Surprise COVID-19 discovery helps explain how coronaviruses jump species
University of Virginia Health System | 08-14-2023
Unexpected new insights into how COVID-19 infects cells may help explain why coronaviruses are so good at jumping from species to species and will help scientists better predict how COVID-19 will evolve.
Throughout the pandemic, there has been much discussion of how COVID-19 infiltrates cells by hijacking a protein called ACE2 found on human cells. But the new research from the School of Medicine reveals that ACE2 isn’t required for infection. Instead, the virus has other means it can use to infect cells.
That versatility suggests that coronaviruses can use multiple “doors” to enter cells, potentially explaining how they are so good at infecting different species.
“The virus that causes COVID-19 uses ACE2 as the front door to infect cells, but we’ve found that if the front door is blocked, it can also use the back door or the windows,” said researcher Peter Kasson, MD, PhD, of UVA’s Departments of Molecular Physiology and Biomedical Engineering. “This means the virus can keep spreading as it infects a new species until it adapts to use a particular species’ front door. So we have to watch out for new viruses doing the same thing to infect us.”
COVID-19 has killed almost 7 million people around the world. Thankfully, the availability of vaccines and the increase in population immunity means that the virus is no longer the threat it once was to most people (though it remains a concern for groups such as the immunocompromised and elderly). With the expiration of the United States’ official Public Health Emergency in May, most Americans have largely returned to lives similar to the ones they knew before the pandemic emerged in 2019. But COVID-19 continues to evolve and change, and scientists are keeping a close eye on it so that they can take quick action if a more dangerous variant emerges. They also continue to monitor other coronaviruses in case they jump to humans and become the next great public health threat.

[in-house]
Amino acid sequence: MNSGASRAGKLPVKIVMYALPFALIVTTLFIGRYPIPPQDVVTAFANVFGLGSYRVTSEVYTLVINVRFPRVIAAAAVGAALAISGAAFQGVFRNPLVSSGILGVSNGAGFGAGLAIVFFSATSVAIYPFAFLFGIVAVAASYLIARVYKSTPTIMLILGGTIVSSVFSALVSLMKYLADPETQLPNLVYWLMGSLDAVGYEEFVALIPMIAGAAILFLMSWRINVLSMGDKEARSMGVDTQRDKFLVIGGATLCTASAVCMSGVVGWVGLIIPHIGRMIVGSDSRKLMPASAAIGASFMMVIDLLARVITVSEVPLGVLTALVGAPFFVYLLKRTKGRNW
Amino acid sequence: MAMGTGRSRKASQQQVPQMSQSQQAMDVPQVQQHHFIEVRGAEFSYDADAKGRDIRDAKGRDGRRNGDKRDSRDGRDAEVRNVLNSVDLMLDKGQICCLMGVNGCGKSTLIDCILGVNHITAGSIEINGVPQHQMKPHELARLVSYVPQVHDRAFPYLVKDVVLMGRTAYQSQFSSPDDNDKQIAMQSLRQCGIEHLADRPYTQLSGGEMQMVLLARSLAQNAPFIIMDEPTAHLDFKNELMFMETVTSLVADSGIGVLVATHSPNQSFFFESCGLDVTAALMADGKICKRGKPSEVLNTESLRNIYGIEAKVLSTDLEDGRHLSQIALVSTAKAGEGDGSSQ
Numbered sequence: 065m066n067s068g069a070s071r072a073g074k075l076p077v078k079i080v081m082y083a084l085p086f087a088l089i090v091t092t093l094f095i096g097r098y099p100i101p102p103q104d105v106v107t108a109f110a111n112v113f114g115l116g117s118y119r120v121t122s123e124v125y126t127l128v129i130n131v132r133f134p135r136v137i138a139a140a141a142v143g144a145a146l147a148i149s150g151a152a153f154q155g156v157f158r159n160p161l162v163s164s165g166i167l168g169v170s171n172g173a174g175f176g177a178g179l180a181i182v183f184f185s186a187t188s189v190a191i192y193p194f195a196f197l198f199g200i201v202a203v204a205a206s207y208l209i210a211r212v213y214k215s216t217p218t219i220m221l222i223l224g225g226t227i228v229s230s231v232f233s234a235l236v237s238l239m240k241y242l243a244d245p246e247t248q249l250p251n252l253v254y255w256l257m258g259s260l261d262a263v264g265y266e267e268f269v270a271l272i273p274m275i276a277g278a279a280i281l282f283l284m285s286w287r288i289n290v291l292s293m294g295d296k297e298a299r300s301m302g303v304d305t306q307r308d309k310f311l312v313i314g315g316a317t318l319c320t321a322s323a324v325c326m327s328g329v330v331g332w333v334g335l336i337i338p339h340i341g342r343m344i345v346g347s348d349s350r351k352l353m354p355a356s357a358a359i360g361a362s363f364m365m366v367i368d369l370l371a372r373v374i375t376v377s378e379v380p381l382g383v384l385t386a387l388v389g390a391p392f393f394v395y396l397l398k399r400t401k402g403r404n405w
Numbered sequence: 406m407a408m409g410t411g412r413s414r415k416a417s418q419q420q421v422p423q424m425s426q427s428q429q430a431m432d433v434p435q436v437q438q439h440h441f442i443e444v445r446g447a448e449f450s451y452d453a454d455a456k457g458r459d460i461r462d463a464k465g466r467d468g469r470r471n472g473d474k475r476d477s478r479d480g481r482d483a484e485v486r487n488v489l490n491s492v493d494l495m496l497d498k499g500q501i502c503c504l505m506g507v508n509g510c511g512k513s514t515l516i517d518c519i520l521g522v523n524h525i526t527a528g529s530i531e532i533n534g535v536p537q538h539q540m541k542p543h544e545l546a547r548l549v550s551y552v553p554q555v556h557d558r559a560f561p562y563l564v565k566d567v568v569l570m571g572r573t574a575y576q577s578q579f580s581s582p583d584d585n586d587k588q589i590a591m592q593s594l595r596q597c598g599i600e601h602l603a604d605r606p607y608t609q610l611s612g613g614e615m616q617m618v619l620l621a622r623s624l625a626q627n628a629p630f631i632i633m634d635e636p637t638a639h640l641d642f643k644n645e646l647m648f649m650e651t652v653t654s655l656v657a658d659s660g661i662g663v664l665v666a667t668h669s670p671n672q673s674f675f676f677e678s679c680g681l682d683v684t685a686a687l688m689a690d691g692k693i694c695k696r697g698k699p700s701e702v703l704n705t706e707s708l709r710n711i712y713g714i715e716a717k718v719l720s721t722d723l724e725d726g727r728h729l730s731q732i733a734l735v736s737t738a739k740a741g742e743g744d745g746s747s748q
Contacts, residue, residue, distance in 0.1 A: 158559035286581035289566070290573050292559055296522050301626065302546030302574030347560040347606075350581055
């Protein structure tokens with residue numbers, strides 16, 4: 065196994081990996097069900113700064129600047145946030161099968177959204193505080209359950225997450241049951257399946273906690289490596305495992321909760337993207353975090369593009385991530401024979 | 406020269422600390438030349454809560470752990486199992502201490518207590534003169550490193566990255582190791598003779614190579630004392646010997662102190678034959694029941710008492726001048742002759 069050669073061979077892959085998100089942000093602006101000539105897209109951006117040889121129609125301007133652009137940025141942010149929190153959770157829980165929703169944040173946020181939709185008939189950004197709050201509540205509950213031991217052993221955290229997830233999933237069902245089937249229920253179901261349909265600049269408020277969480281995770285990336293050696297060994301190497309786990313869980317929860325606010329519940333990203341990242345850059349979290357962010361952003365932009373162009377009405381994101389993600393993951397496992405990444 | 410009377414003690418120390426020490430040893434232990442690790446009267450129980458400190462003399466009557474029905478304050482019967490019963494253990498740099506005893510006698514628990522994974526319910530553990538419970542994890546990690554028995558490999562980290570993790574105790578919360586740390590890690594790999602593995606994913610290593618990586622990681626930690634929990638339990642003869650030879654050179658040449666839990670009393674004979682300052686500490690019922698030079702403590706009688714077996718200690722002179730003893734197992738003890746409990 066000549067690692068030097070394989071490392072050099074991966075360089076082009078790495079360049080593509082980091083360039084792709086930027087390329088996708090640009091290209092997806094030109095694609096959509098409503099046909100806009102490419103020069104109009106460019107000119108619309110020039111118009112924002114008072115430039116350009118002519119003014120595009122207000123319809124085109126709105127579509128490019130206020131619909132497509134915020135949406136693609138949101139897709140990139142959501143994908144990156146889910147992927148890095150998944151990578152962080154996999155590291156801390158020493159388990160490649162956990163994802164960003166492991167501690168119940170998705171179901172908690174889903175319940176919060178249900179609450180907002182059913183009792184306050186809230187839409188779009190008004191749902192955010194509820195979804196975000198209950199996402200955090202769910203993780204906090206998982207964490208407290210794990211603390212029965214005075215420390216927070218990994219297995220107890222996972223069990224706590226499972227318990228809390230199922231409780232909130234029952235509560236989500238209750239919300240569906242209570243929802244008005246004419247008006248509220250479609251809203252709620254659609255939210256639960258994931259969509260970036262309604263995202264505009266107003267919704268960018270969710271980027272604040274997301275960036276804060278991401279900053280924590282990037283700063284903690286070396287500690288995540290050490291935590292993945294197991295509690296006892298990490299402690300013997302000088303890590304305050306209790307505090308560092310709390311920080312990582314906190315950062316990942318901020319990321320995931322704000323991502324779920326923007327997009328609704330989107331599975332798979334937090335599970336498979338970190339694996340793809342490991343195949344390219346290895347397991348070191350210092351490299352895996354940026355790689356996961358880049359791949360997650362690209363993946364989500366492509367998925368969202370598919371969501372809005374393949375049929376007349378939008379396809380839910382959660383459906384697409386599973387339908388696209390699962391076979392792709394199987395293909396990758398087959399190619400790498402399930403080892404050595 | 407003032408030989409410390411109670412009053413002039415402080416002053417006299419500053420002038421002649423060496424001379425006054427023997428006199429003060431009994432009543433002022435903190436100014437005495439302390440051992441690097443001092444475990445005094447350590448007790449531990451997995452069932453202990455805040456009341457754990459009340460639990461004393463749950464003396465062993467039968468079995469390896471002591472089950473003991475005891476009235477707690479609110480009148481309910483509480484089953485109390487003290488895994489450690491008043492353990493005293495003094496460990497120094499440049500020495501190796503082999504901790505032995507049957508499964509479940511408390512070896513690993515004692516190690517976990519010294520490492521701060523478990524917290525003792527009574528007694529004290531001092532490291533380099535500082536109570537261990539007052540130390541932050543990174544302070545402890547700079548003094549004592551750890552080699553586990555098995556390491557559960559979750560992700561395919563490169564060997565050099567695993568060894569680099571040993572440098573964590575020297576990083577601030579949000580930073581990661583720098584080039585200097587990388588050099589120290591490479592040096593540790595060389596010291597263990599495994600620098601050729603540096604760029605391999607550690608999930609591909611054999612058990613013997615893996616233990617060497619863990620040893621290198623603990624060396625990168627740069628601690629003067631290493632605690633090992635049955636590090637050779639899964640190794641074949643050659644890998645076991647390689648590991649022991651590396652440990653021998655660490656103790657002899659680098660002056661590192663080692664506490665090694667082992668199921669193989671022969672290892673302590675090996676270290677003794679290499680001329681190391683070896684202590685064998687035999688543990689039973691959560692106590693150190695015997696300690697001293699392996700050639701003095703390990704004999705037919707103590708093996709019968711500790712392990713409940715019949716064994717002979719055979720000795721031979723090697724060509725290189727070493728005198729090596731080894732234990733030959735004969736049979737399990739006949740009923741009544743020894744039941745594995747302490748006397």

As part of this effort, Kasson and his team wanted to better understand how the virus responsible for COVID-19, SARS-CoV-2, can enter human cells. Scientists have known that the virus essentially knocks on the cell’s door by binding to ACE2 proteins. These proteins are bountiful on the surfaces of cells lining the nose and lungs.
SARS-CoV-2 can also bind with other proteins, however. Was it possible, the scientists wondered, that it could use those other proteins to infiltrate cells? The answer was yes. ACE-2 was the most efficient route, but it was not the only route. And that suggests that the virus can bind and infect even cells without any ACE-2 receptors at all.
That unexpected finding may help explain why coronaviruses are so adept at species-hopping, Kasson says. And that makes it even more important that scientists keep a close eye on them, he notes.
“Coronaviruses like SARS-CoV-2 have already caused one pandemic and several near misses that we know of,” he said. “That suggests there are more out there, and we need to learn how they spread and what to watch out for.”
The study is published in the journal Chemical Science.
Materials provided by the University of Virginia Health System. Content may be edited for clarity, style, and length.